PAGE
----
Federal Coal Program Reform, the Clean Power Plan, and the Interaction of Upstream and Downstream Climate Policies
NBER Working Paper No. 22214
Coal mined on federally managed lands accounts for approximately 40% of U.S. coal consumption and 13% of total U.S. energy-related CO2 emissions. The U.S. Department of the Interior is undertaking a programmatic review of federal coal leasing, including the climate effects of burning federal coal. This paper studies the interaction between a specific upstream policy, incorporating a carbon adder into federal coal royalties, and downstream emissions regulation under the Clean Power Plan (CPP). After providing some comparative statics, we present quantitative results from a detailed dynamic model of the power sector, the Integrated Planning Model (IPM). The IPM analysis indicates that, in the absence of the CPP, a royalty adder equal to the social cost of carbon could reduce emissions by roughly 3/4 of the emissions reduction that the CPP is projected to achieve. If instead the CPP is binding, the royalty adder would: reduce the price of tradeable emissions allowances, produce some additional emissions reductions by reducing leakage, and reduce wholesale power prices under a mass-based CPP but increase them under a rate-based CPP. A federal royalty adder increases mining of non-federal coal, but this substitution is limited by a shift to electricity generation by gas and renewables.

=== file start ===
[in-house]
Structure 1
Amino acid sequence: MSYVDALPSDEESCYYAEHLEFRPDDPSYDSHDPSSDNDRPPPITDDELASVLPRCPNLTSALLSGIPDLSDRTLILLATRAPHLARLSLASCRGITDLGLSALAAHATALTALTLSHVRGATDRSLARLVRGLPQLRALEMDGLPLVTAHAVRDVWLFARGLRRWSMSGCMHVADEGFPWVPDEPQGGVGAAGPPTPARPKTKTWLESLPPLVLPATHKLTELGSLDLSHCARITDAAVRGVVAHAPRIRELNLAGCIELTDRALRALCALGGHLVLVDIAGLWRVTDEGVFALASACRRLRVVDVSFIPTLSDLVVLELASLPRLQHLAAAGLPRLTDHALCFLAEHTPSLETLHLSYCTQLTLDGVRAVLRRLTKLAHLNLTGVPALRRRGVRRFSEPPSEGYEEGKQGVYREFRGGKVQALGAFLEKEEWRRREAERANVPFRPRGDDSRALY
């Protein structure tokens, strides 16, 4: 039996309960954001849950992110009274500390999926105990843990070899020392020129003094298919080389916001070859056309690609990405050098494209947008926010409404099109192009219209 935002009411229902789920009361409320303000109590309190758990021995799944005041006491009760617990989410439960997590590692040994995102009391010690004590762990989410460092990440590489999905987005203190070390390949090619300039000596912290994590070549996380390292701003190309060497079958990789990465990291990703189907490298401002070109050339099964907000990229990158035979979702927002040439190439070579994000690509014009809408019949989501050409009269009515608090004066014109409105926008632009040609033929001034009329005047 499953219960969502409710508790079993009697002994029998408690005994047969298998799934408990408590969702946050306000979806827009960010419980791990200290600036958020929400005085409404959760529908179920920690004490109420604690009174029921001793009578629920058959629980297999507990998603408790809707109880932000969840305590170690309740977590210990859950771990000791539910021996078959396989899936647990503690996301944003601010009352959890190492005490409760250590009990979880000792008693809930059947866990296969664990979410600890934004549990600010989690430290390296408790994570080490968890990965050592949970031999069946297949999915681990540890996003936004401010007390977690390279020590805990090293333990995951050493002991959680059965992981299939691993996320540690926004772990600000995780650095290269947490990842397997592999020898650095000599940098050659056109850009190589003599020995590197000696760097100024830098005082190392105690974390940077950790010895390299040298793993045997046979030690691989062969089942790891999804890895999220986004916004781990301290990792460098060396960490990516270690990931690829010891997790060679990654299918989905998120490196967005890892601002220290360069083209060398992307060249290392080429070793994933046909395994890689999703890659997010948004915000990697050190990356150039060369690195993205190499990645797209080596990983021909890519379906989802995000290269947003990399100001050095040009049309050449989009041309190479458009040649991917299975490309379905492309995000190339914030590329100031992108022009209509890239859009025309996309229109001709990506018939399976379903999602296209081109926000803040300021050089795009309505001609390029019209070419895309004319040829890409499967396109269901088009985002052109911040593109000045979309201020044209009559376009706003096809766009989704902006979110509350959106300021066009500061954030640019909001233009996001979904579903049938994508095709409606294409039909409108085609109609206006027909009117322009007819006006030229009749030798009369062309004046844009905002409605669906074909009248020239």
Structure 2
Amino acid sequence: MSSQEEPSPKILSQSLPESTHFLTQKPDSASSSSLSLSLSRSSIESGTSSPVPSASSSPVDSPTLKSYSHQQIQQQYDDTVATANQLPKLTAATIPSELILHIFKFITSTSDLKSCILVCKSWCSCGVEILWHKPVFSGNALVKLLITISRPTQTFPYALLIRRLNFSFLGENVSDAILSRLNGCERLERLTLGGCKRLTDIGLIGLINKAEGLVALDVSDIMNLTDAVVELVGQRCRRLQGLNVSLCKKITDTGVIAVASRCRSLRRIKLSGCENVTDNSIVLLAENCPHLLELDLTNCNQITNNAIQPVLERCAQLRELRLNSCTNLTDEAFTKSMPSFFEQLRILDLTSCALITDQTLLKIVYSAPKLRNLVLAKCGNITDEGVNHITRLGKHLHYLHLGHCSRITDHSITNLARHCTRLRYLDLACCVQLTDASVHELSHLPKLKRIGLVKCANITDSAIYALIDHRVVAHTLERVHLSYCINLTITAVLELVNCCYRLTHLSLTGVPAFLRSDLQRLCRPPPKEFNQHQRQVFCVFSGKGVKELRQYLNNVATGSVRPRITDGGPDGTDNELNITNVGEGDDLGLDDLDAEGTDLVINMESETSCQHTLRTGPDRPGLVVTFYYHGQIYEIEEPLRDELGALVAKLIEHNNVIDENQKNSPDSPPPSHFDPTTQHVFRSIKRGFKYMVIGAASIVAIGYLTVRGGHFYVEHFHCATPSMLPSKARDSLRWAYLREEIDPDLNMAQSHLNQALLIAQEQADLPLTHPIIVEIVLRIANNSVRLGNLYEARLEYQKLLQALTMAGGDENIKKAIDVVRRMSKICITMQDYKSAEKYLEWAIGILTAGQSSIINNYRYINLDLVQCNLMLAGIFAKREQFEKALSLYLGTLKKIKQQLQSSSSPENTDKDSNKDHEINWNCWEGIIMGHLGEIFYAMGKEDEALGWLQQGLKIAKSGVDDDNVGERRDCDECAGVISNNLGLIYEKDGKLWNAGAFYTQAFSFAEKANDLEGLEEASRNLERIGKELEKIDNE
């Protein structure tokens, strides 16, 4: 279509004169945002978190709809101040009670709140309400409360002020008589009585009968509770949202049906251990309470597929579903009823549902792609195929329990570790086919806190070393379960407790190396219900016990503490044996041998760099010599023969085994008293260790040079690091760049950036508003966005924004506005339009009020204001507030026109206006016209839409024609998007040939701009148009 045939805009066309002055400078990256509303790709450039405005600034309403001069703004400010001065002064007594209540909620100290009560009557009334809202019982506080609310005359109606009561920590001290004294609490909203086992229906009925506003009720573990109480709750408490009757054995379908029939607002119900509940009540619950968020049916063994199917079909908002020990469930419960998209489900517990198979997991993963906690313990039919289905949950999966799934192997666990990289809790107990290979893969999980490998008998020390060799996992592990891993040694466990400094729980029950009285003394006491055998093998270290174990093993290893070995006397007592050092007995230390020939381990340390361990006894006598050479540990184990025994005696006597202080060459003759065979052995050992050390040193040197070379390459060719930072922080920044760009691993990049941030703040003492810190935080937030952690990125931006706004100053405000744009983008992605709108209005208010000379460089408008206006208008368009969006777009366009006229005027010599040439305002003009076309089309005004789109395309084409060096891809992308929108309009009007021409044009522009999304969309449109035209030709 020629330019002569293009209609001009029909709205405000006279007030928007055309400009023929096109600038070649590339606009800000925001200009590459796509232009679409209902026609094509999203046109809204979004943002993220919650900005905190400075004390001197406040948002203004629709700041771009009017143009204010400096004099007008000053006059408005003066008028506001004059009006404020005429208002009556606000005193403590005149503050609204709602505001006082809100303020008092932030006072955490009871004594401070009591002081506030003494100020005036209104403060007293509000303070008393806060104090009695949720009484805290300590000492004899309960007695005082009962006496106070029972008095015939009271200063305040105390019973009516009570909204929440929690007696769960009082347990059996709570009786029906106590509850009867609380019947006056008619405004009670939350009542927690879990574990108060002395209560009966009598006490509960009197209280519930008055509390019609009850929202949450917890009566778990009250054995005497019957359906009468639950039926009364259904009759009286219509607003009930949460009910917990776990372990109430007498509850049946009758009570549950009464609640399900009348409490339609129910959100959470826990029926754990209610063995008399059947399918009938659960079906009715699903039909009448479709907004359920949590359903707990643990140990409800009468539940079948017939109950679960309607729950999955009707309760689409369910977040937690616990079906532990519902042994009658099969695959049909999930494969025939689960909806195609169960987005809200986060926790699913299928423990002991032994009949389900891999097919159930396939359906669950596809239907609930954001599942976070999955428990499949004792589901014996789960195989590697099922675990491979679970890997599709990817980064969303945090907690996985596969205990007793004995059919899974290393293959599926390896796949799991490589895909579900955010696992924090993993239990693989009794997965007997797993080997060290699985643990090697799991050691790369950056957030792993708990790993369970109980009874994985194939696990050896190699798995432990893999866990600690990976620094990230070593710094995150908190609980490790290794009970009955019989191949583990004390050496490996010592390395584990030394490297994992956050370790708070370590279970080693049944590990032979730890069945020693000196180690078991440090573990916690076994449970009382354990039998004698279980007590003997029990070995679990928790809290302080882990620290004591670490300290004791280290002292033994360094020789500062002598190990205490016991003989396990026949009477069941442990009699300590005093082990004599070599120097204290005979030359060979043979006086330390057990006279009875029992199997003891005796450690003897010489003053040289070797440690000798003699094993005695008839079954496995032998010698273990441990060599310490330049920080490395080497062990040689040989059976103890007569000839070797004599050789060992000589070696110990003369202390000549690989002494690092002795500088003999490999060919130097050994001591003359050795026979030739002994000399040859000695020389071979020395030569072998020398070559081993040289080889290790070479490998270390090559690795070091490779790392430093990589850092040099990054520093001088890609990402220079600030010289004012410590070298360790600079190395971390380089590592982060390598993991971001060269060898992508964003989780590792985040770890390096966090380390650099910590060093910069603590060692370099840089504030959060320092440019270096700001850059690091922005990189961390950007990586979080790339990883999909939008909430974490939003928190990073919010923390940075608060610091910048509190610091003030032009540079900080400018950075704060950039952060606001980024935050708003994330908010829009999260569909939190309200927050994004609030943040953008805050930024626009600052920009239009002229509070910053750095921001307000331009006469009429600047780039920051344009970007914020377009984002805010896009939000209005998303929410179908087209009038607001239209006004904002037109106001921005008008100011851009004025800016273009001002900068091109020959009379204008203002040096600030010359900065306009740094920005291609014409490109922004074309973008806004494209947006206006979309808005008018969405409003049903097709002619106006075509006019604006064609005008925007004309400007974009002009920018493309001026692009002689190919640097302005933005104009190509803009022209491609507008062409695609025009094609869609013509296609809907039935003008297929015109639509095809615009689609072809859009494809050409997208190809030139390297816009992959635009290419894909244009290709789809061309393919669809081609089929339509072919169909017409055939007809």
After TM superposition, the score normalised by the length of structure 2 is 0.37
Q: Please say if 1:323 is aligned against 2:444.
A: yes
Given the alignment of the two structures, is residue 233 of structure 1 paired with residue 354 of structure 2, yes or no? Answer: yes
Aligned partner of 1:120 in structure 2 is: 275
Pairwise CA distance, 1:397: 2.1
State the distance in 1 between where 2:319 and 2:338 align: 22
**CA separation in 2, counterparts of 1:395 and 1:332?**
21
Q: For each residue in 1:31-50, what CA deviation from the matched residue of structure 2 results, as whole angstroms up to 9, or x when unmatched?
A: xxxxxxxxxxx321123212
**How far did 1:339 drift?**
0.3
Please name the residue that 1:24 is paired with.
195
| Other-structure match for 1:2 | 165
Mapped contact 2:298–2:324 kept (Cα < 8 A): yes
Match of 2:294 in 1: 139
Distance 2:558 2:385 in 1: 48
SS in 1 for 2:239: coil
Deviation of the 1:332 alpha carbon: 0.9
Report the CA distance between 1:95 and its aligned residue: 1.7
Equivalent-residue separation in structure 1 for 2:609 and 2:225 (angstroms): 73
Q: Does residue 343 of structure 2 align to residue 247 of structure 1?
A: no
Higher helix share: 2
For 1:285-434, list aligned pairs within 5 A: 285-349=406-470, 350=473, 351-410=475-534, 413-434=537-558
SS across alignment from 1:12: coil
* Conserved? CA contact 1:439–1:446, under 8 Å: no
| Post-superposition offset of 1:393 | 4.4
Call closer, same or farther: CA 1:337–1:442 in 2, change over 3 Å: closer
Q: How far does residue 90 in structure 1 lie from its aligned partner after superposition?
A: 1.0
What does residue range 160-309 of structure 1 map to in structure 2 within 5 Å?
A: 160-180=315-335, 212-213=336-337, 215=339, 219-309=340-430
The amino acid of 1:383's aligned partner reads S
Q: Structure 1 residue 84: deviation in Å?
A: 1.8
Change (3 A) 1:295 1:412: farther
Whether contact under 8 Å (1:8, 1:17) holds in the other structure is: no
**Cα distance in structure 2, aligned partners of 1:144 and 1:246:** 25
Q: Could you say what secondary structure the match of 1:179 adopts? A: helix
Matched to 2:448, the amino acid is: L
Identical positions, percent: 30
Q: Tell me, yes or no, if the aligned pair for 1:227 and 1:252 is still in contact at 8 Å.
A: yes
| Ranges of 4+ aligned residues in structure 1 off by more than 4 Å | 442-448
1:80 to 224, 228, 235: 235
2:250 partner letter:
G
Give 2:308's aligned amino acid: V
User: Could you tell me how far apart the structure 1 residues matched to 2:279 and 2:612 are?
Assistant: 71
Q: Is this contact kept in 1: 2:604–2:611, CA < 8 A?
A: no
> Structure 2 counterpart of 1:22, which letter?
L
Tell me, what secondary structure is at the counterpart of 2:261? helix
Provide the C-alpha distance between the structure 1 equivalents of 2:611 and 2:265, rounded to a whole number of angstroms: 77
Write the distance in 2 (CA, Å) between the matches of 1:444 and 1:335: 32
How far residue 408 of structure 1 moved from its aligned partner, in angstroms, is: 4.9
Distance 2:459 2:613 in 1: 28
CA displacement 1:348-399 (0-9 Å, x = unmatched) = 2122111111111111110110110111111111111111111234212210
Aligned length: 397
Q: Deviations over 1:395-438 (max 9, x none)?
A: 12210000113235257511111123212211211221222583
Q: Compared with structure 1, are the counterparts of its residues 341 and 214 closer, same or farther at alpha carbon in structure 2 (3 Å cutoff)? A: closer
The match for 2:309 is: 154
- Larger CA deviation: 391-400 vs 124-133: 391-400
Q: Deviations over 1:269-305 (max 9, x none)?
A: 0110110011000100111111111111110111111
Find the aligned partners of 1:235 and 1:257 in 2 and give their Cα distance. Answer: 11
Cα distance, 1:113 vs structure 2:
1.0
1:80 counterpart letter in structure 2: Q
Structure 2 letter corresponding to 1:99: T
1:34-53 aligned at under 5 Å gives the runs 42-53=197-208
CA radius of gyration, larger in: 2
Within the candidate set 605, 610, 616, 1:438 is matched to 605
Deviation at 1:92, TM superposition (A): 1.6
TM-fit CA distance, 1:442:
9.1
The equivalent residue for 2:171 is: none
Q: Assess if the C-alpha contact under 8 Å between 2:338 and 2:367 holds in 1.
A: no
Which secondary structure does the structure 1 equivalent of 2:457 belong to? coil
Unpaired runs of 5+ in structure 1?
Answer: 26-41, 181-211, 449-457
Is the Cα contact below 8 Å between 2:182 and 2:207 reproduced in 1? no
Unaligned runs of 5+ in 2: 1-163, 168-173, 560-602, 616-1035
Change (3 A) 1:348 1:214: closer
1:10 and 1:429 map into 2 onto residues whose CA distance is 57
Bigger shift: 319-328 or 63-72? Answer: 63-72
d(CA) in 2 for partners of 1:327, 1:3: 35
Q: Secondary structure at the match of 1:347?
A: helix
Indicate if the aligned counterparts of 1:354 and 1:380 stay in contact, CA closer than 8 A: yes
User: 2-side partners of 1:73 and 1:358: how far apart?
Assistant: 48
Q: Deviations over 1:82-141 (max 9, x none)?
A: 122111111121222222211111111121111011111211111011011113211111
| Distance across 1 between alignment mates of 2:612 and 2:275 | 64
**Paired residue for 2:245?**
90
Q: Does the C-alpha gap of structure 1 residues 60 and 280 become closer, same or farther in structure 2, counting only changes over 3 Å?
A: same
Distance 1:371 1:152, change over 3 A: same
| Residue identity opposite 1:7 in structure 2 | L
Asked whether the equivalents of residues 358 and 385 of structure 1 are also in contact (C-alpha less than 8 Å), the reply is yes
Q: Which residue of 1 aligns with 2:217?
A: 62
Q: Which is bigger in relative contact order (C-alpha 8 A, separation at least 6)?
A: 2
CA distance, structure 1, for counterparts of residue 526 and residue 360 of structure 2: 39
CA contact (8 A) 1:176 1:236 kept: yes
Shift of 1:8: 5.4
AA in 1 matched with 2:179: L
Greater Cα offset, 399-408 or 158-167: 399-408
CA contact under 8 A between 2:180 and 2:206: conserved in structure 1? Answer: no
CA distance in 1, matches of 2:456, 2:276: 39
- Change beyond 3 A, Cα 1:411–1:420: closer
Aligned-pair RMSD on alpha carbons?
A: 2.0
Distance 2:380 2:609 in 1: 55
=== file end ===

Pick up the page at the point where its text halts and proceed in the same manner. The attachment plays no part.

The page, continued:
Document Object Identifier (DOI): 10.3386/w22214
Published: Todd D. Gerarden & W. Spencer Reeder & James H. Stock, 2020. "Federal Coal Program Reform, the Clean Power Plan, and the Interaction of Upstream and Downstream Climate Policies," American Economic Journal: Economic Policy, vol 12(1), pages 167-199.
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